HEAT AND DUST REVIEWED

“Heat and Dust” could be written off as another British people discovering India movie. But, it tackles a ton. The lead character’s aunt has bailed on her white rich husband for an Indian prince. Now, she’s inviting her niece to come discover the India that she found. It’s a relationship movie, but it also confronts British attitudes about racism and class. What makes the film so special is that it was one of Merchant Ivory’s first in-depth location shoots. The cinematography pales when compared to its later releases, but the effort is there.

What floored me was seeing the Autobiography of a Princess short film included as a special feature. The short and the feature have been restored with great care, but few Americans have bothered to watch the early Merchant Ivory short film starring James Mason. Both stories feature similar themes, but the short deals more with longing with the feature tries to tame lust. The Cohen Collection continues to kill it with the packages they put together for these special films. This one is a recommended purchase.

SPECIAL FEATURES

  • Short Film
  • Commentary
  • Trailer
  • Interviews
  • Featurettes

A/V STATS

  • 1.66:1 1080p transfer
  • DTS-HD 5.1 master audio track

RELEASE DATE: 12/12/17

  • 94%
    Video - 94%
  • 93%
    Audio - 93%
  • 96%
    Supplemental Material - 96%
  • 89%
    Film Score - 89%
93%

The Plot Thus Far

Merchant Ivory’s magnificent film moves effortlessly between the vibrant world of modern India and the magnificent splendors of the Raj. Cross-cutting between two generations, the acclaimed film by the longtime team of director James Ivory, producer Ismail Merchant and screenwriter Ruth Prawer Jhabvala is a sprawling epic of self-discovery and a lush evocation of the prismatic and sensuous beauty of India.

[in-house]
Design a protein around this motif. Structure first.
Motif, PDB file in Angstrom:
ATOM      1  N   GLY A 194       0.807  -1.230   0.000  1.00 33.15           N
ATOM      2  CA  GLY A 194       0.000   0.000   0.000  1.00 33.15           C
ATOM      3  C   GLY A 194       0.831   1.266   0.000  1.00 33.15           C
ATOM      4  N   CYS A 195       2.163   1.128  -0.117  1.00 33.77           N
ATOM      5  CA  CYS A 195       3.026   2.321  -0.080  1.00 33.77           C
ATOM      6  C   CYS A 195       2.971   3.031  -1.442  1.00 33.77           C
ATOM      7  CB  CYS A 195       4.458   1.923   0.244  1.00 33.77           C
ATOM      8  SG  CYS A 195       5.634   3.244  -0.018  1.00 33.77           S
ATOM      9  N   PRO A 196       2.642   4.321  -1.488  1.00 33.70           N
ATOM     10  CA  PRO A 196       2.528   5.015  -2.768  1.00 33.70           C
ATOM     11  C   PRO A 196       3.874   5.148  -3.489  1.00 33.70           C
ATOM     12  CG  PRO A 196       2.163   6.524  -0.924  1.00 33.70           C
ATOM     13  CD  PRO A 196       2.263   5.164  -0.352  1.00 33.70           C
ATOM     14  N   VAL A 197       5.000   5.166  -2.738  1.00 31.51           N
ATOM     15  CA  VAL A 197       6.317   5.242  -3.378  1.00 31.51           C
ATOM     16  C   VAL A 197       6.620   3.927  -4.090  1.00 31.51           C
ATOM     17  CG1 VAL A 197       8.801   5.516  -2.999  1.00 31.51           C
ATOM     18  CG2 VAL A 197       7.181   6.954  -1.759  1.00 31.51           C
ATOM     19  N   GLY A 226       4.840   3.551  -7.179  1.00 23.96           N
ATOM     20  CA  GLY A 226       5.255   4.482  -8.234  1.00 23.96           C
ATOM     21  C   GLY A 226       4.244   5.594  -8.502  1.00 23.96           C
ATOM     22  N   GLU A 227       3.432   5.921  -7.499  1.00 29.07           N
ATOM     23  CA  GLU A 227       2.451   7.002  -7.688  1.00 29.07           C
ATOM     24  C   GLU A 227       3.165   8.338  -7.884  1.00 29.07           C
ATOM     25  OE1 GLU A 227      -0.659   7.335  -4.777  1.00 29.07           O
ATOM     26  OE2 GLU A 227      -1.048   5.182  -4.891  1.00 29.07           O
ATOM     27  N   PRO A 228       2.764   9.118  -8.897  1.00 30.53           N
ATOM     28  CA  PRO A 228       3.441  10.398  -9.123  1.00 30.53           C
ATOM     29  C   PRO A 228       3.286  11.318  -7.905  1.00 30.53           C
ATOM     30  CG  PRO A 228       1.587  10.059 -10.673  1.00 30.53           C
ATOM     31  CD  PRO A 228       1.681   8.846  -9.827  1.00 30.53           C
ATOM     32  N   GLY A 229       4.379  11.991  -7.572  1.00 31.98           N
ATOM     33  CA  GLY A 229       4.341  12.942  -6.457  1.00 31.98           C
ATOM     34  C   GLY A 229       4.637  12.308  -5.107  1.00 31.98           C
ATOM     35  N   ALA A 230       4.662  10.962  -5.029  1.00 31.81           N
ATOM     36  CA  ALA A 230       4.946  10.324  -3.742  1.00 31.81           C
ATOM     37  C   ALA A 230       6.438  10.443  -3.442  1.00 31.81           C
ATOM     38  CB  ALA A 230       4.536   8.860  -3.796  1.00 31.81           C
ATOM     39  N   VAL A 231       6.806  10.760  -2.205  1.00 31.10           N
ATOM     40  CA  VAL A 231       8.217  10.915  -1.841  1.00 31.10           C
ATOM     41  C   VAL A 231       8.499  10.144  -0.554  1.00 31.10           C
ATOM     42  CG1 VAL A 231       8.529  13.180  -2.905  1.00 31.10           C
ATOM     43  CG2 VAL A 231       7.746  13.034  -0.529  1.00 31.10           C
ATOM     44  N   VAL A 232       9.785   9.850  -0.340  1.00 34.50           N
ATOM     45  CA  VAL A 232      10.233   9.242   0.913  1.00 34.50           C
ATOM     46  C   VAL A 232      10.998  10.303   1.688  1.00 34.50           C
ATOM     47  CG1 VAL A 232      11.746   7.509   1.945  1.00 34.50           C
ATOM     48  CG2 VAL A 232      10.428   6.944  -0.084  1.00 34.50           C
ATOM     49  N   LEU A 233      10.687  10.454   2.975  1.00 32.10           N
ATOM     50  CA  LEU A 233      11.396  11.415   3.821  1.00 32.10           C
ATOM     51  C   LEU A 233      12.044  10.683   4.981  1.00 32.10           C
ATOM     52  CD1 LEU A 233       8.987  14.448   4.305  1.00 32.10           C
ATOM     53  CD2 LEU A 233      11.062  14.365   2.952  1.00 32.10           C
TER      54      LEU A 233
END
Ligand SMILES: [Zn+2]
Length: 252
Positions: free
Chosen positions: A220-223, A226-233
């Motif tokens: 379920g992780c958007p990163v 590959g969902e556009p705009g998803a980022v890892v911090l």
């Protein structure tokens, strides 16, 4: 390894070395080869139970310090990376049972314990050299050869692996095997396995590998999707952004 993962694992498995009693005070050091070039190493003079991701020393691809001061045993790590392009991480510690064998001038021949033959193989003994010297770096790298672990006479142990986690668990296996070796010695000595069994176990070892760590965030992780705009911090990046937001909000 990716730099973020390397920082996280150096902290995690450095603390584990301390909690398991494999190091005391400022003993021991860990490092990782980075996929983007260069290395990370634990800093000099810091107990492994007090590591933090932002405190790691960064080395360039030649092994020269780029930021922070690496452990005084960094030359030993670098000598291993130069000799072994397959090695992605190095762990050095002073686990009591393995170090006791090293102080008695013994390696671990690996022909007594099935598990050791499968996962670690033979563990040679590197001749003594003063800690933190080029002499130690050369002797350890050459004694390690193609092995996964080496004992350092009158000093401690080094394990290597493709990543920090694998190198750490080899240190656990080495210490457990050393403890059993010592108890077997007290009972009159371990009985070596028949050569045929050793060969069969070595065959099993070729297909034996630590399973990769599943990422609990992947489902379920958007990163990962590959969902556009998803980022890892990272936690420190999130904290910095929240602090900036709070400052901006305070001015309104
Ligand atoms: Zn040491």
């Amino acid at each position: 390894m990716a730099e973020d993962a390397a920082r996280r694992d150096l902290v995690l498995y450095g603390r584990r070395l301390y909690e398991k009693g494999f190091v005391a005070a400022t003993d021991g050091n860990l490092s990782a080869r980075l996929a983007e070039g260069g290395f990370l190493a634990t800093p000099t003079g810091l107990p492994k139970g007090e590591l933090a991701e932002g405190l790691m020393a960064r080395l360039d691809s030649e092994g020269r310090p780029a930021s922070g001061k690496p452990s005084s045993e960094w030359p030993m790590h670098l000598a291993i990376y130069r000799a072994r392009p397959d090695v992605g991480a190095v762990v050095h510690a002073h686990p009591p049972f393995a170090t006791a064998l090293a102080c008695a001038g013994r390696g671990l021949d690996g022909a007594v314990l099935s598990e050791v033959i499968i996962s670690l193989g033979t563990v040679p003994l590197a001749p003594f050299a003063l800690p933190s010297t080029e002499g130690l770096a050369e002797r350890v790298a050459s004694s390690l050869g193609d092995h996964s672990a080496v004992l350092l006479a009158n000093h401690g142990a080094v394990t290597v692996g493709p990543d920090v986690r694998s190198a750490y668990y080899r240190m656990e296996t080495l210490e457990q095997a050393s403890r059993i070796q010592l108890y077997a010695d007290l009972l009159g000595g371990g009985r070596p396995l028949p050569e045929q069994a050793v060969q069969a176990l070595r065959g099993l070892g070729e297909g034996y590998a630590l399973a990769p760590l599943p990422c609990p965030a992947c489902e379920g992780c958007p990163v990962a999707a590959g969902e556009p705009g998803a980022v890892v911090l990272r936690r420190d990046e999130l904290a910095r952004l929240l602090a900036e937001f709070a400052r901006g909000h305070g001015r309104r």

As she searches for answers to the mystery surrounding a long-ago affair between her aunt Olivia (Greta Scacchi, Presumed Innocent, The Player) and an Indian prince (cinema icon Shashi Kapoor), Anne (Julie Christie, Darling, Fahrenheit 451, Away From Her) becomes immersed in the local culture, the pull of the past simultaneously leading her into a clearer view of her own future. Jhabvala adapted her own novel to great effect, and Richard Robbins created the haunting score. The film earned the Merchant Ivory team nine BAFTA nominations and a Palme d’Or nomination at Cannes for director Ivory.

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